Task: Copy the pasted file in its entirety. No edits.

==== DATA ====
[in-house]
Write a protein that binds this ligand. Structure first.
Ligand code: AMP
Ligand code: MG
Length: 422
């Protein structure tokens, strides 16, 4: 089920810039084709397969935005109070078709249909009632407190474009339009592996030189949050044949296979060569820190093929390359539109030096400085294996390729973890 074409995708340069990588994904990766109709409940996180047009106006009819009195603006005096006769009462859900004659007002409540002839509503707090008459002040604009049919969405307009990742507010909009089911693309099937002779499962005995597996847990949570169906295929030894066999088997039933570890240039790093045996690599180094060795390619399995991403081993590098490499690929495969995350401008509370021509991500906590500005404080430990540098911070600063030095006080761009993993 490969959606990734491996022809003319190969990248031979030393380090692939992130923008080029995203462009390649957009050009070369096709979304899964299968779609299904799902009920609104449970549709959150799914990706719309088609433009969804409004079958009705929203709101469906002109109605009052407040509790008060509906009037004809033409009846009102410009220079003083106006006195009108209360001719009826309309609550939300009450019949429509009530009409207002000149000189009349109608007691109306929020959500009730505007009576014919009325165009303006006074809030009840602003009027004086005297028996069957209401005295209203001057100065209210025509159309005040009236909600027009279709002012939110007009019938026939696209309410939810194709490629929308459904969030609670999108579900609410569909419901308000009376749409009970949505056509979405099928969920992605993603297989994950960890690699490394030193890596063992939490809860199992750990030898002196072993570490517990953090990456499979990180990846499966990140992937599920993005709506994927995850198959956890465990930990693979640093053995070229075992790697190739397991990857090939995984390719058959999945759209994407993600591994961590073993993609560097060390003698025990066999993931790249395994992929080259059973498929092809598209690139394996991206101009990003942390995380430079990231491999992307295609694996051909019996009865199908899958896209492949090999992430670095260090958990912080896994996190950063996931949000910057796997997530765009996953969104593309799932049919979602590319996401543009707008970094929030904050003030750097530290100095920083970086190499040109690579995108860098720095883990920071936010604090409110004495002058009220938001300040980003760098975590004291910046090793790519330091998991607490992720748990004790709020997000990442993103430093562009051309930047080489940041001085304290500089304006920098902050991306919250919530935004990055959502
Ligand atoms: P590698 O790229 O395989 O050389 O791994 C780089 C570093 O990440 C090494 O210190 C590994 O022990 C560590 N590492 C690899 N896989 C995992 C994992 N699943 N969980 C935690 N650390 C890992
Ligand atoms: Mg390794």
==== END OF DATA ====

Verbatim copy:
[in-house]
Write a protein that binds this ligand. Structure first.
Ligand code: AMP
Ligand code: MG
Length: 422
């Protein structure tokens, strides 16, 4: 089920810039084709397969935005109070078709249909009632407190474009339009592996030189949050044949296979060569820190093929390359539109030096400085294996390729973890 074409995708340069990588994904990766109709409940996180047009106006009819009195603006005096006769009462859900004659007002409540002839509503707090008459002040604009049919969405307009990742507010909009089911693309099937002779499962005995597996847990949570169906295929030894066999088997039933570890240039790093045996690599180094060795390619399995991403081993590098490499690929495969995350401008509370021509991500906590500005404080430990540098911070600063030095006080761009993993 490969959606990734491996022809003319190969990248031979030393380090692939992130923008080029995203462009390649957009050009070369096709979304899964299968779609299904799902009920609104449970549709959150799914990706719309088609433009969804409004079958009705929203709101469906002109109605009052407040509790008060509906009037004809033409009846009102410009220079003083106006006195009108209360001719009826309309609550939300009450019949429509009530009409207002000149000189009349109608007691109306929020959500009730505007009576014919009325165009303006006074809030009840602003009027004086005297028996069957209401005295209203001057100065209210025509159309005040009236909600027009279709002012939110007009019938026939696209309410939810194709490629929308459904969030609670999108579900609410569909419901308000009376749409009970949505056509979405099928969920992605993603297989994950960890690699490394030193890596063992939490809860199992750990030898002196072993570490517990953090990456499979990180990846499966990140992937599920993005709506994927995850198959956890465990930990693979640093053995070229075992790697190739397991990857090939995984390719058959999945759209994407993600591994961590073993993609560097060390003698025990066999993931790249395994992929080259059973498929092809598209690139394996991206101009990003942390995380430079990231491999992307295609694996051909019996009865199908899958896209492949090999992430670095260090958990912080896994996190950063996931949000910057796997997530765009996953969104593309799932049919979602590319996401543009707008970094929030904050003030750097530290100095920083970086190499040109690579995108860098720095883990920071936010604090409110004495002058009220938001300040980003760098975590004291910046090793790519330091998991607490992720748990004790709020997000990442993103430093562009051309930047080489940041001085304290500089304006920098902050991306919250919530935004990055959502
Ligand atoms: P590698 O790229 O395989 O050389 O791994 C780089 C570093 O990440 C090494 O210190 C590994 O022990 C560590 N590492 C690899 N896989 C995992 C994992 N699943 N969980 C935690 N650390 C890992
Ligand atoms: Mg390794």